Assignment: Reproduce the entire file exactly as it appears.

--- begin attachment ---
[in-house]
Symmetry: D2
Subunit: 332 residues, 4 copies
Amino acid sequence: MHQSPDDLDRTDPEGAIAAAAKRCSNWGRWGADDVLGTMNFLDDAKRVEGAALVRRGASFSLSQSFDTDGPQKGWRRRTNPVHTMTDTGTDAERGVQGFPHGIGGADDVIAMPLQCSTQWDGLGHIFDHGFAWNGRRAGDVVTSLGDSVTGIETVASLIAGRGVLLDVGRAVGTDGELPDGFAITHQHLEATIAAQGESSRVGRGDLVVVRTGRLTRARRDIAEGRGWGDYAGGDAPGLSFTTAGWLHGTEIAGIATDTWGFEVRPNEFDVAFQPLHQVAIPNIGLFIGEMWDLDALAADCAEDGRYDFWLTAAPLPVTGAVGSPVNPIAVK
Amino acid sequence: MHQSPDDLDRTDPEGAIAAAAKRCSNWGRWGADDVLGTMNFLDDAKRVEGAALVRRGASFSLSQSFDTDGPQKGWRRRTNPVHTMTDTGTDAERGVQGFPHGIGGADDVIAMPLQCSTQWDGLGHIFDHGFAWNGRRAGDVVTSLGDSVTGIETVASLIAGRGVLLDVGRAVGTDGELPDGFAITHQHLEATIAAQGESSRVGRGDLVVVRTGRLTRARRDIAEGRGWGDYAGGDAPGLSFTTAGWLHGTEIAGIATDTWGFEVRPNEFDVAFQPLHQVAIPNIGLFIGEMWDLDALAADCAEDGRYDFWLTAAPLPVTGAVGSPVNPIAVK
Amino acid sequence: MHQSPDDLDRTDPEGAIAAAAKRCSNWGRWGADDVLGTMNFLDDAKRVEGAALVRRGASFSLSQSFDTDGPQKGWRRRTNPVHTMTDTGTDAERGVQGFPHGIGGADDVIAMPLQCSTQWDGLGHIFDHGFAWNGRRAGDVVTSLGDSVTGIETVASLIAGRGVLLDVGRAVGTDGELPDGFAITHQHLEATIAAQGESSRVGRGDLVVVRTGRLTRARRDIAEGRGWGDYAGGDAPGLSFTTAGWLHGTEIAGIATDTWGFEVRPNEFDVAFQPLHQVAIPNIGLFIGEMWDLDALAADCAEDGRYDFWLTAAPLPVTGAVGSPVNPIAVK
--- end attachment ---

[in-house]
Symmetry: D2
Subunit: 332 residues, 4 copies
Amino acid sequence: MHQSPDDLDRTDPEGAIAAAAKRCSNWGRWGADDVLGTMNFLDDAKRVEGAALVRRGASFSLSQSFDTDGPQKGWRRRTNPVHTMTDTGTDAERGVQGFPHGIGGADDVIAMPLQCSTQWDGLGHIFDHGFAWNGRRAGDVVTSLGDSVTGIETVASLIAGRGVLLDVGRAVGTDGELPDGFAITHQHLEATIAAQGESSRVGRGDLVVVRTGRLTRARRDIAEGRGWGDYAGGDAPGLSFTTAGWLHGTEIAGIATDTWGFEVRPNEFDVAFQPLHQVAIPNIGLFIGEMWDLDALAADCAEDGRYDFWLTAAPLPVTGAVGSPVNPIAVK
Amino acid sequence: MHQSPDDLDRTDPEGAIAAAAKRCSNWGRWGADDVLGTMNFLDDAKRVEGAALVRRGASFSLSQSFDTDGPQKGWRRRTNPVHTMTDTGTDAERGVQGFPHGIGGADDVIAMPLQCSTQWDGLGHIFDHGFAWNGRRAGDVVTSLGDSVTGIETVASLIAGRGVLLDVGRAVGTDGELPDGFAITHQHLEATIAAQGESSRVGRGDLVVVRTGRLTRARRDIAEGRGWGDYAGGDAPGLSFTTAGWLHGTEIAGIATDTWGFEVRPNEFDVAFQPLHQVAIPNIGLFIGEMWDLDALAADCAEDGRYDFWLTAAPLPVTGAVGSPVNPIAVK
Amino acid sequence: MHQSPDDLDRTDPEGAIAAAAKRCSNWGRWGADDVLGTMNFLDDAKRVEGAALVRRGASFSLSQSFDTDGPQKGWRRRTNPVHTMTDTGTDAERGVQGFPHGIGGADDVIAMPLQCSTQWDGLGHIFDHGFAWNGRRAGDVVTSLGDSVTGIETVASLIAGRGVLLDVGRAVGTDGELPDGFAITHQHLEATIAAQGESSRVGRGDLVVVRTGRLTRARRDIAEGRGWGDYAGGDAPGLSFTTAGWLHGTEIAGIATDTWGFEVRPNEFDVAFQPLHQVAIPNIGLFIGEMWDLDALAADCAEDGRYDFWLTAAPLPVTGAVGSPVNPIAVK